Health Clinic Offers Relief for Uninsured North Texans

More than four million Texans lack health insurance, according to the Texas Medical Association.

Those who are uninsured have little to no options when it comes to dealing with chronic illnesses or with a sudden injury.

A North Texas clinic has been stepping in and caring for more than 2,800 people this year alone.

There have been so many patients, in fact, Open Arms Health Clinic in Arlington outgrew its space.

"I hurt the ligaments on my right side of the knee, and the ligaments on this side," Maricela Pineda said pointing to her left knee.

When Pineda hurt her leg while out on a walk with her kids, pain and worry both set in.

"What am I going to do?" she wondered. "I can't afford to go to the doctor."

The Arlington resident had no health insurance.

"The monthly deductible is almost what I make, so I just can't do it," she said.

She ended up in the hospital and was then referred to Open Arms.

"I was really grateful for the fact that they went the extra mile to try and help me," she said. "I was able to see a specialist. I was able to get physical therapy through Open Arms."

The no-cost health clinic serves uninsured and under-insured North Texans.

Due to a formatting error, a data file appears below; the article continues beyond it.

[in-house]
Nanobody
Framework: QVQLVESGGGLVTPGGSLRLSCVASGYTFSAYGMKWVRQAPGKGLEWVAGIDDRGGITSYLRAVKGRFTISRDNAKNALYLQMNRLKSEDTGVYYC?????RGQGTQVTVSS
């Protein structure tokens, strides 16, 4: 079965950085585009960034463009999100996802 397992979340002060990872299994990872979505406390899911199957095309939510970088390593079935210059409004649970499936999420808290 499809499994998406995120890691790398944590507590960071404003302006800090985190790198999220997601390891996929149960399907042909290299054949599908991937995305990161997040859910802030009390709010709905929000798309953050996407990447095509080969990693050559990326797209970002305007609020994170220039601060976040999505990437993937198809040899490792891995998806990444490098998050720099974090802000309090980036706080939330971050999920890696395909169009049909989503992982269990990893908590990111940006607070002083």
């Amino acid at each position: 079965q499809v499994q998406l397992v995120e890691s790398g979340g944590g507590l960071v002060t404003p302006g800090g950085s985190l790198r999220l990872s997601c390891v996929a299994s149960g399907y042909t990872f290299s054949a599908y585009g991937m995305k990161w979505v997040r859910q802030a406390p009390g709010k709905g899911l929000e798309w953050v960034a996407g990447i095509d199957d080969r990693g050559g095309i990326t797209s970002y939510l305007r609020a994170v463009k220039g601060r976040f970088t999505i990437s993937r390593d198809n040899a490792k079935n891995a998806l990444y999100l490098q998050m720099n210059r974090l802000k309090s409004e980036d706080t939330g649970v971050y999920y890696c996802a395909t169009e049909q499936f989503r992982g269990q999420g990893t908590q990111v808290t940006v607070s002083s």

Those seeking general medical care are asked whether they have health insurance, but they receive care regardless.

Fran Martin opened the faith-based nonprofit in 2011.

"This is absolutely the best job that I've ever had in my whole life, and I've been a nurse for a long, long time," Martin said. "My pay is hugs and 'thank yous,' and that's the best you can get to me."

The clinic moved into a bigger building this month, almost tripling its size.

Martin says they now have nine exam rooms and other rooms they plan on using for additional services and educations classes.

"About 90 percent of our patients have some type of chronic illness," Martin said. "We work on providing them the care, the knowledge, the tools they need so they can be the healthiest they can be."

The clinic accepts walk-ins.

"We turn people away every time we open the doors, and that is absolutely the hardest thing to do to look somebody in the eye and know they need something and say, 'We can't do that for you tonight or today,'" she said.

Pineda has experienced long waits and has had to leave without treatment but is grateful regardless.

She has even started to volunteer as a Spanish translator.

"They treat us with dignity," she said. "I'm just grateful that God put them in my life."

Open Arms is seeking donations such as computers in order to offer job prep classes and services.

The clinic is also hoping to get more volunteers including doctors, nurse practitioners and registered nurses.

MORE: For more information, or if you would like to help, visit the Open Arms website.

Contact Us